For decades, conservatives have complained about liberal media bias, but lately it's been on fully display.
In the latest example CBS's "60 Minutes", a pillar of American journalism, has been forced to repeatedly defend a report drawing bipartisan criticism.
The report examines vaccine access for Florida seniors in Palm Beach County and the decision to allow Publix grocery stores to administer shots. A move the reporter points out came after Publix made a $100,000 political donation to Florida Gov. Ron DeSantis (R).
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"The criticism is that it's pay to play governor," said "60 Minutes" correspondent Sharyn Alfonsi during a press conference with the governor in Florida.
"And it's wrong, it's wrong, it's a fake narrative," Gov. DeSantis responded.
"I just disabused you of the narrative and you don't care about the facts because obviously I laid it out for you in a way that is irrefutable," he continued.
In extended remarks at the press conference, DeSantis explained why Publix was used, but CBS didn't air it.
Two state officials, both Democrats, are defending the governor including Florida emergency management director Jared Maskowitz.
"No one from the governor's office suggested Publix. It's just absolute malarkey," he tweeted.
@60Minutes I said this before and I'll say it again. @Publix was recommended by @FLSERT and @HealthyFla as the other pharmacies were not ready to start. Period! Full Stop! No one from the Governors office suggested Publix. It's just absolute malarkey. https://t.co/obkqYcbrzt
— Jared MASKowitz (@JaredEMoskowitz) April 4, 2021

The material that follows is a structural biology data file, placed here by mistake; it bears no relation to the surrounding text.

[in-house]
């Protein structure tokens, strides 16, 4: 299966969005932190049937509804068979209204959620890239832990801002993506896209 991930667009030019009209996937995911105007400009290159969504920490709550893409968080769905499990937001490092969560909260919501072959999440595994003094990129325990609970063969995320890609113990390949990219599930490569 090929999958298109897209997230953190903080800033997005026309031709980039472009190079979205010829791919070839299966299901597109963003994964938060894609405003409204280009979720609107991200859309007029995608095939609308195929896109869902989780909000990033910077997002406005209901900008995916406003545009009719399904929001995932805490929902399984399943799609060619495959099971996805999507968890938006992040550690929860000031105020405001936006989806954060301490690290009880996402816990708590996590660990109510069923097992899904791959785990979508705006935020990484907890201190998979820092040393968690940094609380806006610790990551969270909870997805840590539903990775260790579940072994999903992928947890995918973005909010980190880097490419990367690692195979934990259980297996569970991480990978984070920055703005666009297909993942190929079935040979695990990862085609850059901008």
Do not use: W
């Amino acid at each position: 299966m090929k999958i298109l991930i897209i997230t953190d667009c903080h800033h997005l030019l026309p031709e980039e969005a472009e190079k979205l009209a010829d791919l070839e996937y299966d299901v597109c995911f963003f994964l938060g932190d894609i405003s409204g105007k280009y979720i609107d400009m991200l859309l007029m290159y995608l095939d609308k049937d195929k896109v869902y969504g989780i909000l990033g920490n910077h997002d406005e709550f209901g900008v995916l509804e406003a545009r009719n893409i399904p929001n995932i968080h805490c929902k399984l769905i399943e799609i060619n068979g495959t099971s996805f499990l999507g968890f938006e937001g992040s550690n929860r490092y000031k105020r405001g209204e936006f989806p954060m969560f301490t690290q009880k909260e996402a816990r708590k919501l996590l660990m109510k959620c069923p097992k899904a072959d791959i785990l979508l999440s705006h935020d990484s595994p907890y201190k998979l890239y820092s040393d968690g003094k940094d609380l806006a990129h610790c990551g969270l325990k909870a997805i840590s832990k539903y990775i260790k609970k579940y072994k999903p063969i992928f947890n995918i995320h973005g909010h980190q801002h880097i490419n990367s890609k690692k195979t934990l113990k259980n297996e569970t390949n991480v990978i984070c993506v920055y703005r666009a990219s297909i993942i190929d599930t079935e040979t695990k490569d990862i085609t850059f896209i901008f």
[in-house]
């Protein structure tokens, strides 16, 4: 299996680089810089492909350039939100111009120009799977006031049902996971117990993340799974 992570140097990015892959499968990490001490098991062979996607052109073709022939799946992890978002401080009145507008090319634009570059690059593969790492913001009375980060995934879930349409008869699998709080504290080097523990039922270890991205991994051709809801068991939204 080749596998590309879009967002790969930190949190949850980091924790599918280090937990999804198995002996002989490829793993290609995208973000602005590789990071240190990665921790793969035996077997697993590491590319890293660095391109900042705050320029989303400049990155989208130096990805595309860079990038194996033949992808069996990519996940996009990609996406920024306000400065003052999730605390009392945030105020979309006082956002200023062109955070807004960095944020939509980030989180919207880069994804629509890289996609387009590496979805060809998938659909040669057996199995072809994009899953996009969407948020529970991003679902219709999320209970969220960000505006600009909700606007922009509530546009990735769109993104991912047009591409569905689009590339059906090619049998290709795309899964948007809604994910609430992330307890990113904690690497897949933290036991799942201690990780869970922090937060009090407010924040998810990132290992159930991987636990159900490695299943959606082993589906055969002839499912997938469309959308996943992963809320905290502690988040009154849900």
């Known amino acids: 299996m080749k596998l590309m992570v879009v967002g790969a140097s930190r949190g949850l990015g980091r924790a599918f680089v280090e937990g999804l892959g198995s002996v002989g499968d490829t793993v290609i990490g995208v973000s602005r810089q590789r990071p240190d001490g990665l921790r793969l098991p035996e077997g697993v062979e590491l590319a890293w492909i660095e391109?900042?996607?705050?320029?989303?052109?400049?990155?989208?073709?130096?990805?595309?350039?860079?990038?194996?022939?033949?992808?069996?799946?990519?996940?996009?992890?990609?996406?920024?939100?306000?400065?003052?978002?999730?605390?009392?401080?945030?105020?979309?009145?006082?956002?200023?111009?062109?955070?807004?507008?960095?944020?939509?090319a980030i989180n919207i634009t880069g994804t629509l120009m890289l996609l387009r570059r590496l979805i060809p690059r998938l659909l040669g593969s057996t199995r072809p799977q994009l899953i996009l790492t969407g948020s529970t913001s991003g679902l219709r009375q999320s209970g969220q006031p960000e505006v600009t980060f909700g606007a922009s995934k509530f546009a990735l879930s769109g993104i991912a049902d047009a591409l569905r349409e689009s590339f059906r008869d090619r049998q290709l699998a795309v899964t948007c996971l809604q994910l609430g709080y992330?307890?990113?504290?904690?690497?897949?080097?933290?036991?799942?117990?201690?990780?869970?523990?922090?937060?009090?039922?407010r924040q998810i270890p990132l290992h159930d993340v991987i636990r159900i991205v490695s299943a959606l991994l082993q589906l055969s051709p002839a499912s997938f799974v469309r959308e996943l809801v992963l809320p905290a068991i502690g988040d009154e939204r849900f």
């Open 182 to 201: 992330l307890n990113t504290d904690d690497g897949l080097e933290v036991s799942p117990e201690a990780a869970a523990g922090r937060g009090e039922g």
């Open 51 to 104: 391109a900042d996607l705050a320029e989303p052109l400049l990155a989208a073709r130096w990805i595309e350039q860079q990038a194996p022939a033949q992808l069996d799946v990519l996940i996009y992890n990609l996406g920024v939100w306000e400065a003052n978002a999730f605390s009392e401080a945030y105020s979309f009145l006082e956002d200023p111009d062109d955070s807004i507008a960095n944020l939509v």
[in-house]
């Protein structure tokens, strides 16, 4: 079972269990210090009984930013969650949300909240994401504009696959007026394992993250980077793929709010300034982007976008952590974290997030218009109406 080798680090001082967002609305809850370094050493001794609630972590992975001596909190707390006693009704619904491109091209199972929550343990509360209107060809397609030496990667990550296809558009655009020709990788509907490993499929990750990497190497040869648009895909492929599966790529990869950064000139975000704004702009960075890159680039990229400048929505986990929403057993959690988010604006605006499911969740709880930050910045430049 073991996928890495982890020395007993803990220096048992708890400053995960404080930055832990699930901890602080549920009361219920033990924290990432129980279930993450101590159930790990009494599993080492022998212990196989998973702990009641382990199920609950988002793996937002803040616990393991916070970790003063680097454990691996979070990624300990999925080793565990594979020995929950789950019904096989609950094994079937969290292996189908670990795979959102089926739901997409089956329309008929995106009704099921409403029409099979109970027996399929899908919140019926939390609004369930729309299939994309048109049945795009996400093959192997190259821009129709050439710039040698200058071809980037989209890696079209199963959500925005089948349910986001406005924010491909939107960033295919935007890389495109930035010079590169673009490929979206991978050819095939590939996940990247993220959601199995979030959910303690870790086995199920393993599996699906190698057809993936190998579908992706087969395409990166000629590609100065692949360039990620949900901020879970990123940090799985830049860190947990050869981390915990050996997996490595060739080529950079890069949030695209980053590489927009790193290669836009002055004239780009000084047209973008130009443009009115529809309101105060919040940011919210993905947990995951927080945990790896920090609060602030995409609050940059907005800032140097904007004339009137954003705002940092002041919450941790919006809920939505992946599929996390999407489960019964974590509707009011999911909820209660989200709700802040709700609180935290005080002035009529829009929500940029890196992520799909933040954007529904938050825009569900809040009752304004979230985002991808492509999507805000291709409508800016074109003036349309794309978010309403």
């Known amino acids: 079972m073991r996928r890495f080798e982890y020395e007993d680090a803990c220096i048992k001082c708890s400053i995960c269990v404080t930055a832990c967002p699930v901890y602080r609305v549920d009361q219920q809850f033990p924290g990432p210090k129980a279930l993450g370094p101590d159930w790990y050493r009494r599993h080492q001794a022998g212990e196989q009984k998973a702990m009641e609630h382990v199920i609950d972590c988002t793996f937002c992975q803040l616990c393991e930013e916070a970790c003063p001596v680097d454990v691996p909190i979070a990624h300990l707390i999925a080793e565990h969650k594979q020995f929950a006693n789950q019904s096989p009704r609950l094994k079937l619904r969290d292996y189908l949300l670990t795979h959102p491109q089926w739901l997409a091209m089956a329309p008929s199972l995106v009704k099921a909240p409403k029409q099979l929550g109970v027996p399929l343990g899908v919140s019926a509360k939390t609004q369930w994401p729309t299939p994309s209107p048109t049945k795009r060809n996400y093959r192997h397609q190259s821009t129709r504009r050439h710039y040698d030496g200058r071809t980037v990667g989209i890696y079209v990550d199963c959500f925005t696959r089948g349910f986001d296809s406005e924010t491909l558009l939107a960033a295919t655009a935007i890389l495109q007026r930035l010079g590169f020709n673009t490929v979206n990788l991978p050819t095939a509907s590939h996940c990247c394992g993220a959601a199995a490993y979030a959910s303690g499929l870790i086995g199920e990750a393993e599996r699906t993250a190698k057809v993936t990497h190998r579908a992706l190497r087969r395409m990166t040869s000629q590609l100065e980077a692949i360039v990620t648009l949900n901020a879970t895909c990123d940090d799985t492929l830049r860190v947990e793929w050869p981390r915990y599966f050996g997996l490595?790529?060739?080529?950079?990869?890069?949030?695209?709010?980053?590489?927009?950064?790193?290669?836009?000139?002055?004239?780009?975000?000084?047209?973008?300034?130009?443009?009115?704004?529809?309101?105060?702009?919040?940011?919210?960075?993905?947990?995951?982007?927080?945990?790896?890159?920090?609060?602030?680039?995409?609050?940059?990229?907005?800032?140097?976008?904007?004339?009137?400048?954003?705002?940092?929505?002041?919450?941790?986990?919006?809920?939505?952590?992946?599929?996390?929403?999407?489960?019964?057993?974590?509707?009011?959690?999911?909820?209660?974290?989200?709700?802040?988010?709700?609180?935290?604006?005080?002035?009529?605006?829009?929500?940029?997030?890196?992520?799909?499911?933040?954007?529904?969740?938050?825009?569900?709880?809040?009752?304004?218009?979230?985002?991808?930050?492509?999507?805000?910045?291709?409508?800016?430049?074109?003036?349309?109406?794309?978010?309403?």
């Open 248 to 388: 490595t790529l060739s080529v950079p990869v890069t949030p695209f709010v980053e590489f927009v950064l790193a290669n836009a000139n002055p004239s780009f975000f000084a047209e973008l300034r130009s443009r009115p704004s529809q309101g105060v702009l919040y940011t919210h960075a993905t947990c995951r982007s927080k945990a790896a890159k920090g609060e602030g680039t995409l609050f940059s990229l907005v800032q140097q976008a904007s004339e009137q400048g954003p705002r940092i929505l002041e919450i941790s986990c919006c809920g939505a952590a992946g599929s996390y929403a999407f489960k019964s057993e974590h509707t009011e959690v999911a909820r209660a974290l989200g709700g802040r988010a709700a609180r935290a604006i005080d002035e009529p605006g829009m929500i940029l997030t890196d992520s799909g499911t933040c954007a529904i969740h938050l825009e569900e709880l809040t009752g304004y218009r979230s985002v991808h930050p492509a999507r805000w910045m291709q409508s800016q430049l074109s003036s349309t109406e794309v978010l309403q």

Palm Beach County Mayor Dave Kerner, also a Democrat, issued a statement calling the story "intentionally false" and saying "60 Minutes should be shamed."
"Well, it was an obvious hit job," Dan Gainor with the Media Research Center told CBN News.
He says the media is clearly working to kneecap Gov. DeSantis before he can announce his expected candidacy for president.
"They cut out pretty much everything that went against their narrative," Gainor continues.
"60 Minutes" defends its reporting.
The controversy comes on the heels of little coverage of President Biden recently tripping three times while climbing the stairs to Air Force One.
Compared with a slow walk down a ramp taken by President Trump last year after a speech at West Point which became a national story about his fitness for office.
"The media turned Donald Trump's slow walk down a ramp at West Point into a major national story that I think even Donald Trump's doctor had to address. 'Like, oh my gosh is he fit to do the job?' Meanwhile, Biden trips up the stairs not once but three times - something you don't generally see going to airforce one and it's a blip," Gainor says.
This all plays into the reality that nearly 60 percent of Americans think media organizations are more concerned with supporting a political position than informing the public.